One way in which this challenge is being addressed is through reducing the cost of transportation with the Delhi Mumbai Industrial Corridor, which will also cover the states of Uttar Pradesh, Haryana, Rajasthan, Gujarat and Maharashtra. Moreover, its decision to build a multimodal, high-axle load dedicated freight corridor between Delhi and Mumbai will significantly enhance the state’s position as India’s logistics hub. Although the project is still in the first phases of design, when complete it will encompass 13 industrial areas, giving investors located in Delhi NCR access to a range of infrastructure facilities, such as power supplies and rail connections to ports.
Too many policies?
While more regional governments across India have reformed their states’ business environments through easing FDI ownership restrictions and investing in supportive infrastructure, a lack of policy coordination across the states means policy uncertainty remains a key deterrent for foreign investors. The fDi Report, which is an annual review of greenfield FDI provided by fDi Intelligence, reveals that while India attracted the second largest share of FDI into Asia-Pacific last year, its inward FDI stock has consistently been declining, most recently dropping from $30bn in 2012 to $17.5bn in 2013.
Moreover, while local governments have made more efforts to increase transparency and accountability in deal making, tackling corruption and over-zealous bureaucracy continue to be a significant challenge in all states. While India’s ranking on the World Bank’s 2014 Doing Business report fell by three places to 134, Pranjal Sharma, consulting editor at Indian magazine Businessworld, maintains that local states need to coordinate more closely with central government to lower the bureaucratic barriers facing foreign businesses establishing operations in India. “The central ministry has to work with the state ministry on due diligence and permissions,” says Mr Sharma. “The multiple avenues of due diligence on new projects are undertaken sequentially, not simultaneously, leaving investors waiting for years for clearances. Thus, process reform is more relevant than policy reform.”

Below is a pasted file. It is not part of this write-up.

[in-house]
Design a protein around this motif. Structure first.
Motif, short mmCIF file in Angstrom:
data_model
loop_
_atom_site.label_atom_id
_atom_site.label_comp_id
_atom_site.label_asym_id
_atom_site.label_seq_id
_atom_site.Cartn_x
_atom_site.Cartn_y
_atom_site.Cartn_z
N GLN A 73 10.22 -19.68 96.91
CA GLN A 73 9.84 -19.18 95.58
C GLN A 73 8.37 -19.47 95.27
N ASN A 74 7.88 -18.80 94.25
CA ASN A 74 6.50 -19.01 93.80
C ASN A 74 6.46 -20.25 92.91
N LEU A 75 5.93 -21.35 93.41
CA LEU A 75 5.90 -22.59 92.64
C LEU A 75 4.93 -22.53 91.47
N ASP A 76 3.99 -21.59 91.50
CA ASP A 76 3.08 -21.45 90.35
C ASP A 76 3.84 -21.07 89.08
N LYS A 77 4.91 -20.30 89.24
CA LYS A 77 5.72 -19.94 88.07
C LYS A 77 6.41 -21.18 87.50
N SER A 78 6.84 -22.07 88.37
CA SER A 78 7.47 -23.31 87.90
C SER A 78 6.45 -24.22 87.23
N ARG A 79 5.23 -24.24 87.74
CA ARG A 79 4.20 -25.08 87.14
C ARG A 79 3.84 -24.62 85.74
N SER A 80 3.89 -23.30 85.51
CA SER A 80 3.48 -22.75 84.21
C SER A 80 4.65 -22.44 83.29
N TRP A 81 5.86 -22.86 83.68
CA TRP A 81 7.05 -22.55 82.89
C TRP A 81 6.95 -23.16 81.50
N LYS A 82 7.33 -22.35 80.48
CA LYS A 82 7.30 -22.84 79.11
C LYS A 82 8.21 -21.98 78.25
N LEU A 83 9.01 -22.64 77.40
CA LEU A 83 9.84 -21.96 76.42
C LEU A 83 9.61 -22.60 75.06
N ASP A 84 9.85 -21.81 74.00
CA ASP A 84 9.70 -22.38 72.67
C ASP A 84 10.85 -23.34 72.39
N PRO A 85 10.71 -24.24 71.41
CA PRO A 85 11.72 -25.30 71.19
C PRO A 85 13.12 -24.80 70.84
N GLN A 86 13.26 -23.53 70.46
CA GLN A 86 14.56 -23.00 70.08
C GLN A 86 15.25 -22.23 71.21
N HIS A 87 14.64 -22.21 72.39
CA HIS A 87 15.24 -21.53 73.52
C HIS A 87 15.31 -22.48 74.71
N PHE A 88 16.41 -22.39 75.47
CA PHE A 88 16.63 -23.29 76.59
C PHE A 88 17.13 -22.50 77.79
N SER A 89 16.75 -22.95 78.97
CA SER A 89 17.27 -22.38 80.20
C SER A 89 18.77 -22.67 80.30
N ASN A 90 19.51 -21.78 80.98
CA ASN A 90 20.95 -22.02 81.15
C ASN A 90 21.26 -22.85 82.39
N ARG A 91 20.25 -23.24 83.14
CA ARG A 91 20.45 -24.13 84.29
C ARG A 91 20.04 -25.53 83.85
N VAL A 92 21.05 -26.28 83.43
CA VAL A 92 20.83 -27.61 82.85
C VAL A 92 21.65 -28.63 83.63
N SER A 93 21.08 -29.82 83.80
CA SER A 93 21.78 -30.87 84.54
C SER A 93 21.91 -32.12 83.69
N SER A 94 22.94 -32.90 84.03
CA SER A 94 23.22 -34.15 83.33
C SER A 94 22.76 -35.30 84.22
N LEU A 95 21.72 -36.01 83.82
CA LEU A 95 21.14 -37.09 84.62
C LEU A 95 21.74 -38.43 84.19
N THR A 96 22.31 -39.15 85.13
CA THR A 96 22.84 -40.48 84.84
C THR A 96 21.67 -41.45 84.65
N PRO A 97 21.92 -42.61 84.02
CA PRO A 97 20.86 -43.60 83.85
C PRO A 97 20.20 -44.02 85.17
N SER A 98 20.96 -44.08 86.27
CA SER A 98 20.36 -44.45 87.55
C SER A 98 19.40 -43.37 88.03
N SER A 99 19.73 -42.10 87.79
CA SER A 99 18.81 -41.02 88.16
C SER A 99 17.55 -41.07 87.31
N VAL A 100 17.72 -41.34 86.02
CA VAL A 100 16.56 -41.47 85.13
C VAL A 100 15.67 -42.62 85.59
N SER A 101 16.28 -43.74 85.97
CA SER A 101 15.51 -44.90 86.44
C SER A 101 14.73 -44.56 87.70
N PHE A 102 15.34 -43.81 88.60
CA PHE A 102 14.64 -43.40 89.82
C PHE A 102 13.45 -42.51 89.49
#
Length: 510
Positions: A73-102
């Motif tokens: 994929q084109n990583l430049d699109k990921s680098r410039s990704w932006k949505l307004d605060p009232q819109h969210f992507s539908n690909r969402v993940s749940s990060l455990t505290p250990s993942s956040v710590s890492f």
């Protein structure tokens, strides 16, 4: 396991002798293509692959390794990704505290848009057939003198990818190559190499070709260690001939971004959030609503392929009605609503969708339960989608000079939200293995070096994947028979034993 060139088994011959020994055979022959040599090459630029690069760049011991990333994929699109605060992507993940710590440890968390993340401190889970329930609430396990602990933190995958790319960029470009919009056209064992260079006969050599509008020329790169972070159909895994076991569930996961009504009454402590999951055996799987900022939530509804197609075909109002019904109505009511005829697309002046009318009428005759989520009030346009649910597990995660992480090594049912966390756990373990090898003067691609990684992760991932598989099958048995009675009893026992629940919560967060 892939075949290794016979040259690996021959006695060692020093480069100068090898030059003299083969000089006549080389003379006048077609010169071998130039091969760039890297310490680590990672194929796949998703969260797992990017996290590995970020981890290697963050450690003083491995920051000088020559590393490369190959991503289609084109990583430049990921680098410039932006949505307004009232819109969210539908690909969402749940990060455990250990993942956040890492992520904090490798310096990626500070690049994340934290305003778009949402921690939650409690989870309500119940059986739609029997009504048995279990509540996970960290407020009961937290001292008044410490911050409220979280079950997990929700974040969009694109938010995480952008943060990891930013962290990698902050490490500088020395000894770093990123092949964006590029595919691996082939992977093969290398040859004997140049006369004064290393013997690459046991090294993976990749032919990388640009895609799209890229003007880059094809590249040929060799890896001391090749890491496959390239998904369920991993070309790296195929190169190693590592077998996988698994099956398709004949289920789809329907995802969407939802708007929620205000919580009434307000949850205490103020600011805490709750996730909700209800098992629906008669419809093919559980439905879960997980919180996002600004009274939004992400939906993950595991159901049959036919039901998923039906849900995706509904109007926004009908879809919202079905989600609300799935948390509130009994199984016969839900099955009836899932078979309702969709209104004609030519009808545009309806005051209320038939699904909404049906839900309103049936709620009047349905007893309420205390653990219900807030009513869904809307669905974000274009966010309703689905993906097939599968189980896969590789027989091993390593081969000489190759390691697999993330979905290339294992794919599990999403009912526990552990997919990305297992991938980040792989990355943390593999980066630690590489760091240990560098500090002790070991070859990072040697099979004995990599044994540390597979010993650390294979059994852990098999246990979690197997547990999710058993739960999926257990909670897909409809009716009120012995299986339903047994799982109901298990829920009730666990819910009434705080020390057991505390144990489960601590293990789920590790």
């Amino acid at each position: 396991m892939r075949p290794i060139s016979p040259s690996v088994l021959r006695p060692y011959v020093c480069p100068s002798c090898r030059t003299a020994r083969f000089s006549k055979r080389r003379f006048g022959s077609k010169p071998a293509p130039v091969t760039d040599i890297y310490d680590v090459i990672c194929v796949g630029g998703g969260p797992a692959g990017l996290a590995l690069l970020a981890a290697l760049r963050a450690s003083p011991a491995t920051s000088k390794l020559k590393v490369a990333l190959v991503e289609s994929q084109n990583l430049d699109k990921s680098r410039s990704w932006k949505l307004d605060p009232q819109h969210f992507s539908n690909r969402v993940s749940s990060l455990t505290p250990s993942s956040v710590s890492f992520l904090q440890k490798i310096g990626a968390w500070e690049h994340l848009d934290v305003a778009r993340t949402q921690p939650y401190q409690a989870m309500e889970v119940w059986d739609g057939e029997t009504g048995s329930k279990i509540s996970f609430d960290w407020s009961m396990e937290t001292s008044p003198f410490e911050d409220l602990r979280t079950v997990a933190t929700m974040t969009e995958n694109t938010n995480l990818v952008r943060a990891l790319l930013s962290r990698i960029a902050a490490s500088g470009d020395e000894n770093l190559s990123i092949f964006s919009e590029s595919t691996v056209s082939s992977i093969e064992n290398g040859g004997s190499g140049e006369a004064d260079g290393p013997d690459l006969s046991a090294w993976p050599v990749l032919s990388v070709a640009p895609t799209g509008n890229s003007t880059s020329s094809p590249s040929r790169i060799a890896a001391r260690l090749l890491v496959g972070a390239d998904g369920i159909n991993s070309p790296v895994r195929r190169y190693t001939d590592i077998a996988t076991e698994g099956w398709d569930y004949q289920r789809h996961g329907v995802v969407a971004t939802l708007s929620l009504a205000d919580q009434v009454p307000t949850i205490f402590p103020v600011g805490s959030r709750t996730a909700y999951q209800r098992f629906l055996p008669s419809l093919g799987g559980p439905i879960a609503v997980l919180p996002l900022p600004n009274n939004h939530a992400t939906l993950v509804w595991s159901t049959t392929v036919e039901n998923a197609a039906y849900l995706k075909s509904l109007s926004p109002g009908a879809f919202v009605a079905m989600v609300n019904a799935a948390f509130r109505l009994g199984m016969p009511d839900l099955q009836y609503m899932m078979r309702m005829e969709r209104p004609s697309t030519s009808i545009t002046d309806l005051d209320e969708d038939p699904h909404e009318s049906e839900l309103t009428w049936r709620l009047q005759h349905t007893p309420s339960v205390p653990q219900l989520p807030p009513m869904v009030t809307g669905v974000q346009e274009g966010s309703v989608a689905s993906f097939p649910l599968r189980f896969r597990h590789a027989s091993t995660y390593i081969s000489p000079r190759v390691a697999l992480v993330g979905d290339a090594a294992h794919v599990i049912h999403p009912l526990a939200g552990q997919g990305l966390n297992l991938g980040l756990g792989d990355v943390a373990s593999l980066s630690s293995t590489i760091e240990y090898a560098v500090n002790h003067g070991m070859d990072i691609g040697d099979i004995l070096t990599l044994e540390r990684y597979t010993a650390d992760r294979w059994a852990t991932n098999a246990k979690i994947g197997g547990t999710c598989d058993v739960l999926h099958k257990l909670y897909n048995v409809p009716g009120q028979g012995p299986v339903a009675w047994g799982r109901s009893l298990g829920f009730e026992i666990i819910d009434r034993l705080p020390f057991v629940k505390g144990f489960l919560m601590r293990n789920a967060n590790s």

Although several local governments have done much to distance themselves from the central government’s decision in 2013 to impose a retrospective tax liability fine of $2.2bn on UK-based telecommunications firm Vodafone, critics maintain that ineffective efforts have been placed at the local level to implement clear taxation guidelines for foreign businesses. “India’s entire tax system must be overhauled,” says Mr Mehra. “Despite the importance of FDI, we continue to tax foreign investors while foreign institutional investment goes untaxed. This is not the policy in any developed country.”
Indeed, attempts by the state of Karnataka’s local government to progressively implement taxation reforms have led to a significant influx in FDI. Its gradual approach to bringing in property tax reforms through developing a joint implementation programme with the Asian Development Bank has considerably boosted investor confidence, putting it among the five Indian states that attracted the most FDI last year, according to fDi Markets. Moreover, the local government’s recent move to boost Karnataka’s manufacturing and technology sectors through industrial policy has made its capital, Bangalore, India’s leading manufacturing and technology hub.
The Karnataka government’s move at the start of 2014 to create the state’s first national investment and manufacturing zone, offering entrepreneurs operating in the semiconductor, biotechnology and ICT industries incentives such as subsidised office space, means that the state is expected to become a key investment destination in India. While Bangalore attracted more than $50bn in greenfield FDI between 2003 and 2014 according to fDi Markets, the whole state’s IT sector attracted $37bn in FDI, which is the equivalent to 19% of total investment.
For Mr Mehra, Karnataka’s efforts to reform its business environment and focus on technology will put it at the cusp of growth in coming years. “[Encouraging] FDI in technology signals to the world that this is a strong and positive business environment,” he says.